In the case of the pulmonary hypertension, I would argue that the placenta is a malfunctioning organ, because it is overstimulating the lungs. Organs that produce stimulating hormones are supposed to be sent chemical signals to turn them off when they have stimulated their target enough, and they are supposed to respond to them by excreting exactly enough of what they excrete. Individual humans in fact vary as to their individual sensitivities to various hormones, so the actual amounts produced of mediating hormones can vary be a lot from person to person. Clearly in the pulmonary hypertension the target is being overstimulated (to the point of death) and so the placenta is sending out more lung-stimulating hormone than is proper. Whether it is because of a defect in the placenta itself that it does not pay attention to the hormones that tell it to turn off, or the lungs don’t send the “stop” signals, it is clearly sending the wrong amount of hormone out.
What is still not clear from the bishop’s statement is whether they are willing to allow the medical sense of “malfunction” which is considerably more plastic than their examples envision. It is simply not clear to me whether their examples are constructed they way that they are because they are ignorant of the complexities of the underlying biological systems (because they are expert at neither biology nor medicine) or because they really see some distinction there that I simply cannot see.



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Panthera

posted June 24, 2010 at 3:45 am


Cathyf said:
It is simply not clear to me whether their examples are constructed they way that they are because they are ignorant of the complexities of the underlying biological systems (because they are expert at neither biology nor medicine) or because they really see some distinction there that I simply cannot see.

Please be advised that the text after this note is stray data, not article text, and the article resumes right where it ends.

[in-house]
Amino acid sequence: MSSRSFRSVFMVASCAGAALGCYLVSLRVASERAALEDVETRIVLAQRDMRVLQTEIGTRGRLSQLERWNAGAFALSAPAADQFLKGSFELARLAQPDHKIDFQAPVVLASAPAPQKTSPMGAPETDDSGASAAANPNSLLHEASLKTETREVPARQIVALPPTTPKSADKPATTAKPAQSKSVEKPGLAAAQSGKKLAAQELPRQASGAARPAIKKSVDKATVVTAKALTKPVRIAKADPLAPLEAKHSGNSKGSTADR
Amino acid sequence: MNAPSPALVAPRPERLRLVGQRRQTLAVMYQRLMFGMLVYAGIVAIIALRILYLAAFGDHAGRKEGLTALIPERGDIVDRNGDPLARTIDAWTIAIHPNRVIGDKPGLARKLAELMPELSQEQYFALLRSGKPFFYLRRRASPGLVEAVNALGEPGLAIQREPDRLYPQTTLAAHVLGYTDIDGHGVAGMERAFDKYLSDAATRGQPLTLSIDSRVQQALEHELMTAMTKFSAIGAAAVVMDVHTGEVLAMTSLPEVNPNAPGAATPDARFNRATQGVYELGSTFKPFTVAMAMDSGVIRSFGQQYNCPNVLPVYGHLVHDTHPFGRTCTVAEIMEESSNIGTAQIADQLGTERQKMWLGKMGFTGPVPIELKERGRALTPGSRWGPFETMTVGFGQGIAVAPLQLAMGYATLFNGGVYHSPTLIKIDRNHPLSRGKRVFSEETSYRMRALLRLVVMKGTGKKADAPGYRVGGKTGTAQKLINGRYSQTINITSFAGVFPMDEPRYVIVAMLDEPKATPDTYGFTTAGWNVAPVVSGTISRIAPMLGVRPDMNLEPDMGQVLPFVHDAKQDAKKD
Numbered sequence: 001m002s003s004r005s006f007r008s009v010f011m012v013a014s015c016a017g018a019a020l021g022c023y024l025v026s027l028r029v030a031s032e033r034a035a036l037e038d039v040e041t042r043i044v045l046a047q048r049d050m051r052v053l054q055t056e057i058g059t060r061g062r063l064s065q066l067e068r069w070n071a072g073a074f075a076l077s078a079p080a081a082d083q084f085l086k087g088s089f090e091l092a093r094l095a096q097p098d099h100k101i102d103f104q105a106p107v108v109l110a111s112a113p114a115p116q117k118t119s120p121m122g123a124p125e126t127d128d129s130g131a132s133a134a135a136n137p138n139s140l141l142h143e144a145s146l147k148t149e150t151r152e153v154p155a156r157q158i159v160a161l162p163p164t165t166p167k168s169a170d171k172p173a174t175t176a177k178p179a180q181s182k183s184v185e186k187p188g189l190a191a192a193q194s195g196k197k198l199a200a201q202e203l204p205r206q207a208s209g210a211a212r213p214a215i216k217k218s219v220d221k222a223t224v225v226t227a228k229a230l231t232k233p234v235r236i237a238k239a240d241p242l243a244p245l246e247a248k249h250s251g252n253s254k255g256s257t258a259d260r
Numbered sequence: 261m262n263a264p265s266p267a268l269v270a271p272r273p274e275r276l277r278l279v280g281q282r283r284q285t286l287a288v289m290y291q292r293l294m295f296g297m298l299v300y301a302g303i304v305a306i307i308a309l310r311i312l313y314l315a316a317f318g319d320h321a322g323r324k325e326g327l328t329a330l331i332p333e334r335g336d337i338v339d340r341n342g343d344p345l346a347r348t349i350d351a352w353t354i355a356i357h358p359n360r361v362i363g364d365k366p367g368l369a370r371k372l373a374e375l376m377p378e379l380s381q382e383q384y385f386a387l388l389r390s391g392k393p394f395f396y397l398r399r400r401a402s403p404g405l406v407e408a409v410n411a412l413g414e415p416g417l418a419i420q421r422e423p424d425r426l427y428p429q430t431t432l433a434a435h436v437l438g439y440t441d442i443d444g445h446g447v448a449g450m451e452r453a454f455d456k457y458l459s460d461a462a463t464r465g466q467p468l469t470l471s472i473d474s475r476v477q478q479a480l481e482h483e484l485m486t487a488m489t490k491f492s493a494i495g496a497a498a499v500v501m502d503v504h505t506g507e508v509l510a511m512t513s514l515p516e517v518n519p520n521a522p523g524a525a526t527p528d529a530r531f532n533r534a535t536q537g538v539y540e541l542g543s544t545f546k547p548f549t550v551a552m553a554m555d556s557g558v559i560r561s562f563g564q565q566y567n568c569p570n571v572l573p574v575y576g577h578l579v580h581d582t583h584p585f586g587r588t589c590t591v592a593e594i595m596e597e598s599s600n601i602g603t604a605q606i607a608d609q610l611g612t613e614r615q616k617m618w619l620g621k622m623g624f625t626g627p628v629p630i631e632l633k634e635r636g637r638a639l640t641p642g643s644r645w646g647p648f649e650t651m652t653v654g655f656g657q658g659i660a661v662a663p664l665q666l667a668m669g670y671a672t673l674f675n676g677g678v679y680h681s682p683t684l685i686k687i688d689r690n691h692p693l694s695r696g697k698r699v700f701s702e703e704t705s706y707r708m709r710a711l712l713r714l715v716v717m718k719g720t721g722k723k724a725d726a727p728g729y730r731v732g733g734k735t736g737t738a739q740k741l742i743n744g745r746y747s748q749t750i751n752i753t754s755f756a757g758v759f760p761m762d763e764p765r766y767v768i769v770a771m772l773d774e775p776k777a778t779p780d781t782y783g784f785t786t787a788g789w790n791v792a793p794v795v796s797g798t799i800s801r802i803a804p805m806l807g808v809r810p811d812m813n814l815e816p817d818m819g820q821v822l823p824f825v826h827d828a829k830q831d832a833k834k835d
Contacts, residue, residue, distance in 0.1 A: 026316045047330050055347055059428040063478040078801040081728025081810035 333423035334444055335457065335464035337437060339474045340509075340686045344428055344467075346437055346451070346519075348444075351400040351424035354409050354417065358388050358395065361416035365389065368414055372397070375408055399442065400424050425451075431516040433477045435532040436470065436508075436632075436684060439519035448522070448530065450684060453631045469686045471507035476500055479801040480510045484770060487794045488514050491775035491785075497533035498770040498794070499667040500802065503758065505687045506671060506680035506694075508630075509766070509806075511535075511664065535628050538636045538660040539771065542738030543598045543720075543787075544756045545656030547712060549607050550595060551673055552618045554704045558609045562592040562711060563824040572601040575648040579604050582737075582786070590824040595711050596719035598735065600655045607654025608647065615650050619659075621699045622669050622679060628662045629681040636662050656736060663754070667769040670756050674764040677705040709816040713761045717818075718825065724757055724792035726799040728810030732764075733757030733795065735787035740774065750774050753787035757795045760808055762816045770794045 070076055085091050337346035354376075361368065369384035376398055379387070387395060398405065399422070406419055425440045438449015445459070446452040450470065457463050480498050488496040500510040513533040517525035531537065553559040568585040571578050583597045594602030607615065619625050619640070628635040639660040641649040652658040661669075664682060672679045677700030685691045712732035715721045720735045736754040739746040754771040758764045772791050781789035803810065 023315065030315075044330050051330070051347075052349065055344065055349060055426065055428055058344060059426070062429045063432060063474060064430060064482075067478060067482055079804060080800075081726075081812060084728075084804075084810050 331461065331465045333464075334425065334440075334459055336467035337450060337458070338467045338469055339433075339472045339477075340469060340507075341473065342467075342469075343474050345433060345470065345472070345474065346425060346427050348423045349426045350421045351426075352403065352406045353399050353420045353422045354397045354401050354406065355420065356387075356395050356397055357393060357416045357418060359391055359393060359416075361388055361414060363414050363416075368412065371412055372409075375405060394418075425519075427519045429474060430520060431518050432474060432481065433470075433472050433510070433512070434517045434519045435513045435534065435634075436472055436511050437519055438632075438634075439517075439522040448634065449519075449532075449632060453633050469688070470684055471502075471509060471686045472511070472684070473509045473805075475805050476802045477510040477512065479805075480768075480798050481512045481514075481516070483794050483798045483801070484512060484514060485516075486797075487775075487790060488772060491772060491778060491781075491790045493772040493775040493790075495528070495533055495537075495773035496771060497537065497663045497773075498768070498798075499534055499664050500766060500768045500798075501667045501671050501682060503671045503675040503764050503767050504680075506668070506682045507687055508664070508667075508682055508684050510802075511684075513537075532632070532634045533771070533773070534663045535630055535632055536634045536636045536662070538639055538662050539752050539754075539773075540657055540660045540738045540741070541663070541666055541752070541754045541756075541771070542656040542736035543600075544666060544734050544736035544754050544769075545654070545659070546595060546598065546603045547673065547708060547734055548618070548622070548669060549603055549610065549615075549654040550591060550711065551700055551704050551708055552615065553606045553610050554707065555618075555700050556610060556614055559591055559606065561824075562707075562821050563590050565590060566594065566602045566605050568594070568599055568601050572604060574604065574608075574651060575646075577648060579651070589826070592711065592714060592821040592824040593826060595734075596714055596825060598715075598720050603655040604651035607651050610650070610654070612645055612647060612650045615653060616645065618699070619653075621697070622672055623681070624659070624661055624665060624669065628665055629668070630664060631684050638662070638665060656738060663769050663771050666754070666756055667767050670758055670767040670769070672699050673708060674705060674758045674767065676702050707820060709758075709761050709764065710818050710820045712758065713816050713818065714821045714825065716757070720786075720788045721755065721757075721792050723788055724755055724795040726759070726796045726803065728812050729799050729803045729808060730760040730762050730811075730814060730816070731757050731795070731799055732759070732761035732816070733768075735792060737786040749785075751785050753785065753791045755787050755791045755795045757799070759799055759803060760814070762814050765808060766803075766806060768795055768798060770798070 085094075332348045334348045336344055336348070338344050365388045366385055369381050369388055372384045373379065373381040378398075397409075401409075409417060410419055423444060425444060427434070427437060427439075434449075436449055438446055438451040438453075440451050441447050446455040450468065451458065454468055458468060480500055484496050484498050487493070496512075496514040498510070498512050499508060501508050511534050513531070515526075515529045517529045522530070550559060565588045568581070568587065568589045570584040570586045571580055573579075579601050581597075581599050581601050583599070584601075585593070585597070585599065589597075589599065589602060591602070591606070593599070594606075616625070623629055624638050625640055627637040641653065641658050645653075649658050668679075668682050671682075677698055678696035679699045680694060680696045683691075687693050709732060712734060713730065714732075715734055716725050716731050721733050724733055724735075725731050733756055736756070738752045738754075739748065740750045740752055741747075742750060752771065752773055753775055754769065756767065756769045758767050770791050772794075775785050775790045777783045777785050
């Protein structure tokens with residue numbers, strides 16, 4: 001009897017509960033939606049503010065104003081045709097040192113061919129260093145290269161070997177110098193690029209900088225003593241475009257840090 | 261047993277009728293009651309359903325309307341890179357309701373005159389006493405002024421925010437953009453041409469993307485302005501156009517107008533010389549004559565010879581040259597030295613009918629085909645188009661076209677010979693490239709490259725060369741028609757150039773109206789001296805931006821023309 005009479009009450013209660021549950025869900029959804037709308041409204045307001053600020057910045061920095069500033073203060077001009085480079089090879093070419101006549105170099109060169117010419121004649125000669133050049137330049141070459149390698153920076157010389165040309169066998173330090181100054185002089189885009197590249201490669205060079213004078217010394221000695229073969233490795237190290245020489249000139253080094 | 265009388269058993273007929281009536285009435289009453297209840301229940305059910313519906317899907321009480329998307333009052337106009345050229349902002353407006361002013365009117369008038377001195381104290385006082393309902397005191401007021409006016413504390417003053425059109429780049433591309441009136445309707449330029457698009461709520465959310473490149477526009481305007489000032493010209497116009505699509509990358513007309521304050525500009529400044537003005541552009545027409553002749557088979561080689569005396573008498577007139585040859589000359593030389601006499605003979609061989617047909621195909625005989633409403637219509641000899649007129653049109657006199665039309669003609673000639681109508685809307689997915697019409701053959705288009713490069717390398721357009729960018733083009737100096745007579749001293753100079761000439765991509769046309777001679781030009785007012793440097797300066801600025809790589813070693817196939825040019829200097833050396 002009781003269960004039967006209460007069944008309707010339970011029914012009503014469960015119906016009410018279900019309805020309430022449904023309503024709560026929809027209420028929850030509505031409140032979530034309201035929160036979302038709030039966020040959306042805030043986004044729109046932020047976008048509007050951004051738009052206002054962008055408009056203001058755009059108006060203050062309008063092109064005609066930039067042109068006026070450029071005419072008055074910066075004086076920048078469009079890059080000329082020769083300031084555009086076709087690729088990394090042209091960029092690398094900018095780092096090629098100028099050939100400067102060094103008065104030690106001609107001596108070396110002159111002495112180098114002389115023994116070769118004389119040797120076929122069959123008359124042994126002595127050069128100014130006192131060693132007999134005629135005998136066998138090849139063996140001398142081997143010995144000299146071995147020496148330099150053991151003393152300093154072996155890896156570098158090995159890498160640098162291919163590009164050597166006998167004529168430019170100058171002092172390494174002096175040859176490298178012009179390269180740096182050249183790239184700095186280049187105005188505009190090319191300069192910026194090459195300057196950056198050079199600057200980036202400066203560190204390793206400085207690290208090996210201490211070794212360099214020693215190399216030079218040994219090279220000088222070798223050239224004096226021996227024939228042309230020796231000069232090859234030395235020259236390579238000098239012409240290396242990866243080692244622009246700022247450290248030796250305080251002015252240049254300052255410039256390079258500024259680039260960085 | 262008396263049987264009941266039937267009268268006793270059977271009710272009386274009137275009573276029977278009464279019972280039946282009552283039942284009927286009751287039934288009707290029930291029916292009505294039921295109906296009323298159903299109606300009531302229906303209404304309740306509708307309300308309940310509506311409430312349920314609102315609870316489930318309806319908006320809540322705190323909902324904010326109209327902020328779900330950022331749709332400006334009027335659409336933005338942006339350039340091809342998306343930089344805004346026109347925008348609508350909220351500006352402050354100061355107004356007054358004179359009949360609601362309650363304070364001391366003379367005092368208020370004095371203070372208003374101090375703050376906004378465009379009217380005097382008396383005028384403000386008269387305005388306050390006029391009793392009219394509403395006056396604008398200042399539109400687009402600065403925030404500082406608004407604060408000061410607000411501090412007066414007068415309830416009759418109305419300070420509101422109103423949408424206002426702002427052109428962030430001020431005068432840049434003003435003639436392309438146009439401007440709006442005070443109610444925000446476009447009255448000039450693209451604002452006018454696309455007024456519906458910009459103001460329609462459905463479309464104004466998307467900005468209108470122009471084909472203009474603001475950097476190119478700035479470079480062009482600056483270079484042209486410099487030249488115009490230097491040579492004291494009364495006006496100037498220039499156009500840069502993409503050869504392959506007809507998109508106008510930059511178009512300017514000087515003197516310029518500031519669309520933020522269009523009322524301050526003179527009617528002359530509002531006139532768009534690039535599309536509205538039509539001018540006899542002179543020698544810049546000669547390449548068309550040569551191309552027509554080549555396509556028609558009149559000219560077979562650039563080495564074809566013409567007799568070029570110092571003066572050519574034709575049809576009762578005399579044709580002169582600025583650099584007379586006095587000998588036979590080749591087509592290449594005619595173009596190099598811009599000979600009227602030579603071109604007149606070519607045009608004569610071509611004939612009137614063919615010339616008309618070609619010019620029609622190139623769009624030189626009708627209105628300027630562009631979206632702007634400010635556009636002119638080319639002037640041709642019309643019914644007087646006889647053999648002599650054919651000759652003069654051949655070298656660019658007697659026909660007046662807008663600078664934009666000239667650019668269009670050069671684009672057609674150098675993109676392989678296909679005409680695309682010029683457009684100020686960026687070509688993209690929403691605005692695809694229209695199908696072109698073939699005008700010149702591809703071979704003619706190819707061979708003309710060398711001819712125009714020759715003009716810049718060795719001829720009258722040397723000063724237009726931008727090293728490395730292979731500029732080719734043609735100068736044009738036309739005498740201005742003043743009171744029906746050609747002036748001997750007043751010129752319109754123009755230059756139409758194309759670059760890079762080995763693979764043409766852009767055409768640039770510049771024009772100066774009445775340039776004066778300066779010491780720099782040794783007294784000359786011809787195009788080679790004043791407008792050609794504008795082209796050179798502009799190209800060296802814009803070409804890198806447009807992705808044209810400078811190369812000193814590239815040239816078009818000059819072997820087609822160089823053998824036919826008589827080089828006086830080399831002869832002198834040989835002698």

end quote
Cathyf, I think this is the great challenge any institution which decides what is right and wrong for everybody has.
One must be expert in all fields necessary to reach, first, a proper understanding of the matter in order to, second, pronounce upon the matter such that similar matters may be resolved deductively and not inductively.
The more these discussions arise on the culture war topics, the more those suffering pain and hurt are failed by us Christians on both sides.



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Las Vegas Lawyer

posted June 24, 2010 at 7:02 am


Talk about abortion; it is kind of murder. You generally take life of person even birth does not come. Every child has the right to live, to have proper education, d to be loved. Let’s stop abortion if it is not necessary for life threatening situations.



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Klaire

posted June 24, 2010 at 7:53 am


Chris, once again, your logic baffles me. I don’t think the new Bishop statement could make it any more clear: It is NEVER ok to direclty kill a baby, period. An 11 week old fetus has about as much chance of “living” after “removal” as an embryo does from jumping out of a petri dish. An 11 week old fetus is totally sustained by the life of the mother, unlike a 6 month or older baby, who COULD survive outside the womb with medical technology.
Eugene, did you consider the fact that had the mother chosen to not to allow the abortion, there was still a chance, albeit slight, that they both could have lived? It would make sense that being that the church views EVERY life as sacred, from the moment of conception, that the unborn had just as much of a right to life as the mother, all left to the hand of God, despite the enormous odds.